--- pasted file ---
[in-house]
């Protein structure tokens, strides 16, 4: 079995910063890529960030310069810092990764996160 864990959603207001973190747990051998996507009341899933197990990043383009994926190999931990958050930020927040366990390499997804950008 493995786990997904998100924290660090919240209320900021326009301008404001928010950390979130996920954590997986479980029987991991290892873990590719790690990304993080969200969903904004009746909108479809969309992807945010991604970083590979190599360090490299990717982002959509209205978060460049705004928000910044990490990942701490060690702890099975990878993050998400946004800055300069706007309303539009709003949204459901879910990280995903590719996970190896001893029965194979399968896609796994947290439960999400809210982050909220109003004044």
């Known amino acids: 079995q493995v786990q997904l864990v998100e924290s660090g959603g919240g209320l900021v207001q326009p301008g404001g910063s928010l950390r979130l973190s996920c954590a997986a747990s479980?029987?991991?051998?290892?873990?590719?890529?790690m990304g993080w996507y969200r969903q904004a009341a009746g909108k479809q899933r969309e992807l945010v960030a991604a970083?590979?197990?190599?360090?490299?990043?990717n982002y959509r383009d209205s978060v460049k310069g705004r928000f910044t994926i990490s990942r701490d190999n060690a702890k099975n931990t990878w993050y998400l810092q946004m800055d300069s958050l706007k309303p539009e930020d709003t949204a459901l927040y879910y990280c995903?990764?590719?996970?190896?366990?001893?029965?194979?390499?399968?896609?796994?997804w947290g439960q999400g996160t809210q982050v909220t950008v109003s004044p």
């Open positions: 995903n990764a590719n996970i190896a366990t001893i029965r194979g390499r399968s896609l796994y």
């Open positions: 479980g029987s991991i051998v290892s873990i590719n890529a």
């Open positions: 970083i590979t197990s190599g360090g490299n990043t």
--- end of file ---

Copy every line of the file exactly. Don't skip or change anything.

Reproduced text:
[in-house]
């Protein structure tokens, strides 16, 4: 079995910063890529960030310069810092990764996160 864990959603207001973190747990051998996507009341899933197990990043383009994926190999931990958050930020927040366990390499997804950008 493995786990997904998100924290660090919240209320900021326009301008404001928010950390979130996920954590997986479980029987991991290892873990590719790690990304993080969200969903904004009746909108479809969309992807945010991604970083590979190599360090490299990717982002959509209205978060460049705004928000910044990490990942701490060690702890099975990878993050998400946004800055300069706007309303539009709003949204459901879910990280995903590719996970190896001893029965194979399968896609796994947290439960999400809210982050909220109003004044």
């Known amino acids: 079995q493995v786990q997904l864990v998100e924290s660090g959603g919240g209320l900021v207001q326009p301008g404001g910063s928010l950390r979130l973190s996920c954590a997986a747990s479980?029987?991991?051998?290892?873990?590719?890529?790690m990304g993080w996507y969200r969903q904004a009341a009746g909108k479809q899933r969309e992807l945010v960030a991604a970083?590979?197990?190599?360090?490299?990043?990717n982002y959509r383009d209205s978060v460049k310069g705004r928000f910044t994926i990490s990942r701490d190999n060690a702890k099975n931990t990878w993050y998400l810092q946004m800055d300069s958050l706007k309303p539009e930020d709003t949204a459901l927040y879910y990280c995903?990764?590719?996970?190896?366990?001893?029965?194979?390499?399968?896609?796994?997804w947290g439960q999400g996160t809210q982050v909220t950008v109003s004044p």
């Open positions: 995903n990764a590719n996970i190896a366990t001893i029965r194979g390499r399968s896609l796994y």
């Open positions: 479980g029987s991991i051998v290892s873990i590719n890529a």
């Open positions: 970083i590979t197990s190599g360090g490299n990043t």